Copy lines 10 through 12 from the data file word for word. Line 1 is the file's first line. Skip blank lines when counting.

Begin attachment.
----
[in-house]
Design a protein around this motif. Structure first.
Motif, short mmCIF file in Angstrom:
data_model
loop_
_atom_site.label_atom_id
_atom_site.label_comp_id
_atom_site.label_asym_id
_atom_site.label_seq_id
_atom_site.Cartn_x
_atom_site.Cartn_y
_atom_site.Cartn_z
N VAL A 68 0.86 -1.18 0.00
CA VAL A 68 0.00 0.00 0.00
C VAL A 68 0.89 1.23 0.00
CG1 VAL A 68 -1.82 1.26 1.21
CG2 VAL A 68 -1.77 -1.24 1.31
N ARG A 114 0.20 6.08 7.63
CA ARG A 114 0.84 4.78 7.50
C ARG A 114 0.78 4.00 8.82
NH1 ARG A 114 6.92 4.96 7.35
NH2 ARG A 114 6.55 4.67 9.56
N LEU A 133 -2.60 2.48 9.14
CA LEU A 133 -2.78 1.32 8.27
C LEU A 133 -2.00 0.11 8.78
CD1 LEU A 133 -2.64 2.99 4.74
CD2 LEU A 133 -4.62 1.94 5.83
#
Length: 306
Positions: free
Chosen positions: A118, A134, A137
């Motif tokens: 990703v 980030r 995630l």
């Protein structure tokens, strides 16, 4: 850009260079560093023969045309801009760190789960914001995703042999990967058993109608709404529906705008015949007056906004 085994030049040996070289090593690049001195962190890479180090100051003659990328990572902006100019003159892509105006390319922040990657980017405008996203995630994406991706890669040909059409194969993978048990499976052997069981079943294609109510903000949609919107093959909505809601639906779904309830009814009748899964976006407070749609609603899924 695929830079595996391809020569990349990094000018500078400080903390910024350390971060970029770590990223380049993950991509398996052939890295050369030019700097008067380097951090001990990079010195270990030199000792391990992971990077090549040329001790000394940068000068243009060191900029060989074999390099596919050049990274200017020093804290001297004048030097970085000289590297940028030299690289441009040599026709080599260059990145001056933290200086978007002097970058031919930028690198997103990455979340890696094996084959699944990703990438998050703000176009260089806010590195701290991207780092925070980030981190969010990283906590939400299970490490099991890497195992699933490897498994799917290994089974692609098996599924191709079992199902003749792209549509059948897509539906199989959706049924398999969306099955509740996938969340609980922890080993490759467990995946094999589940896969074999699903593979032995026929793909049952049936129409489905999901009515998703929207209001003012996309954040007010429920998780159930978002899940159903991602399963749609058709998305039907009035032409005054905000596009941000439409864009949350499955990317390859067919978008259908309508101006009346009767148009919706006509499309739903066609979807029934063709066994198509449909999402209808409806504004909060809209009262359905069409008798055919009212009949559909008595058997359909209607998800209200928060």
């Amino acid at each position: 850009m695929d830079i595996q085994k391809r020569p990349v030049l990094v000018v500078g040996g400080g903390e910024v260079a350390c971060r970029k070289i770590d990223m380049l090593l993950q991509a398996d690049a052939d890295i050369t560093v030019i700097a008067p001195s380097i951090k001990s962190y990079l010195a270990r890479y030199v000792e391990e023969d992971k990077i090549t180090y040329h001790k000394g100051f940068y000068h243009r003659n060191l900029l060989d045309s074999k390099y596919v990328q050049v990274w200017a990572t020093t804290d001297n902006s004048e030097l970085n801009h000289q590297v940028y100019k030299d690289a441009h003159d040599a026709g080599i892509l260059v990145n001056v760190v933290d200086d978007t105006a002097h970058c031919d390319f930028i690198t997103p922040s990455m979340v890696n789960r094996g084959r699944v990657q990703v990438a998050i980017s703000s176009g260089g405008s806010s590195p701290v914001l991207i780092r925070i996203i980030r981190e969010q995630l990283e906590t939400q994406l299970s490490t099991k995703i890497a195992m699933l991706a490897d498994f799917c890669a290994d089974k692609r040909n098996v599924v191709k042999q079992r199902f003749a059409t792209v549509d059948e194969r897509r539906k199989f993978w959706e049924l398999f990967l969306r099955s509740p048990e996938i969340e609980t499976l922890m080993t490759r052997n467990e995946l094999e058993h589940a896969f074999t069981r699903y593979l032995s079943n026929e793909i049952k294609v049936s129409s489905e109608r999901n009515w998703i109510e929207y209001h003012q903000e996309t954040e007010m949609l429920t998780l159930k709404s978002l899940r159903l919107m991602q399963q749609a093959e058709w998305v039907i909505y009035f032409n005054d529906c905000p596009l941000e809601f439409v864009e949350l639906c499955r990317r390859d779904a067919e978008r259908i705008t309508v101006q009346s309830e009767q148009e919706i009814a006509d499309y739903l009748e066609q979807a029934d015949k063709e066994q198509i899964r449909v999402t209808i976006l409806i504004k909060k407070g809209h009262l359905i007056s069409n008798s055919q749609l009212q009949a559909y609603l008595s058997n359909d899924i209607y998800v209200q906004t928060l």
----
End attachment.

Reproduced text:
_atom_site.Cartn_x
_atom_site.Cartn_y
_atom_site.Cartn_z